The 9/11 Memorial & Museum is a sobering experience, but one that helps visitors understand its devastating impact on the city, finds Samantha Mayling.
Nearly 3,000 people were killed in the September 11 terror attacks in 2001. Ten years later, a memorial opened on the site of the twin towers, followed in 2014 by a museum telling the story of 9/11 and events before and afterwards.
Arriving by subway, I emerged into the white, bright Oculus shopping mall, with a strange oyster-like roof and upmarket shops – quite a contrast to the sombre mood ahead. Heading outside, I saw One World Trade Center, the single skyscraper that stands near the site where the twin towers once stood.
The buildings’ footprint is marked by the memorial, which features two large pools surrounded by the names of those who died. Some names have white roses placed on them, poignantly marking that person’s birthday.
As you enter the museum, the first image shows the Manhattan skyline with the famous twin towers in a photo taken at 8.30am on September 11, shortly before the first attack. Next, a map of the US eastern seaboard shows the timing and locations of the four hijacked planes – two at the twin towers, one at the Pentagon and United Airlines’ flight 93, which crashed in Pennsylvania.
Remnants of the towers are displayed – twisted metal beams, stairs and the ‘last column’ of steel, inscribed with messages from emergency crews, volunteers and victims’ relatives. Inside the dimly lit building, the atmosphere is sombre and respectful – hardly anyone spoke and even if they did, it was in a whisper.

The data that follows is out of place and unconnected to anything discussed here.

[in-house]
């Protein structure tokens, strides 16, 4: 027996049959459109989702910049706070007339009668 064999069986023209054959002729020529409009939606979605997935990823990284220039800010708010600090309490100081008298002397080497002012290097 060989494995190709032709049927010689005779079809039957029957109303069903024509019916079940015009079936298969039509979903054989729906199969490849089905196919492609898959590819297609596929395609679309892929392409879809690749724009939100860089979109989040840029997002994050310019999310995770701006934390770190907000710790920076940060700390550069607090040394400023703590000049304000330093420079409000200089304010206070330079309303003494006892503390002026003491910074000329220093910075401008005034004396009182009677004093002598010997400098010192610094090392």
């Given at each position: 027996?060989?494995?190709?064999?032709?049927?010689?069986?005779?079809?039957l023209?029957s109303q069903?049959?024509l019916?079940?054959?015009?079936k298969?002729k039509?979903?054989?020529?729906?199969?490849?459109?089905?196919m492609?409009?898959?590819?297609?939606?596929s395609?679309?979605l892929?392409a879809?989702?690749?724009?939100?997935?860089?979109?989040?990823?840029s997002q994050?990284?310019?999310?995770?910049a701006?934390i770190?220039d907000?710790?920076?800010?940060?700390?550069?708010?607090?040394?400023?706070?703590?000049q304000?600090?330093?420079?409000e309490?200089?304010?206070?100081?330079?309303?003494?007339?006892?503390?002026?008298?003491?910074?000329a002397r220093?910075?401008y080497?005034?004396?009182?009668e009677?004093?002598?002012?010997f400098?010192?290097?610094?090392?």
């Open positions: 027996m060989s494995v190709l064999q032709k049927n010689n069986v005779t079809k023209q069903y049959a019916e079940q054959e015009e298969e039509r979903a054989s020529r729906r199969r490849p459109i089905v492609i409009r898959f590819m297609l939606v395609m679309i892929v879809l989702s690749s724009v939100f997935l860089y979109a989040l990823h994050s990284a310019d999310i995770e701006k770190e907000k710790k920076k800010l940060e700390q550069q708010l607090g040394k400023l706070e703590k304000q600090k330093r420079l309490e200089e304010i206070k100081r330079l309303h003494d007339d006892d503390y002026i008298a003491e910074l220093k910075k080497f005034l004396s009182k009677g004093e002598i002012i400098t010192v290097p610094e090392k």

“Some images are familiar but others are less so, such as the Pentagon, and artefacts including clothing, papers and a melted phone.”
The timeline of events includes touching testimonies from fire crews and survivors, plus a message of love from a doomed passenger on flight 93.
Some images are familiar – dust-covered survivors and photos of people falling from higher floors – but others are less so, such as the Pentagon, and artefacts including clothing, papers and a melted phone.
Another section explores the rise of al-Qaeda, and plans devised by the terrorists who carried out the attacks. It is a moving experience and it’s an important insight into a global event that continues to shape life today.
Entry costs $26 for adults, $20 for over-65s or 13-17-year-olds, and $15 for under-12s. Admission is included in attraction passes such as The New York Pass, New York Explorer Pass and New York CityPass.
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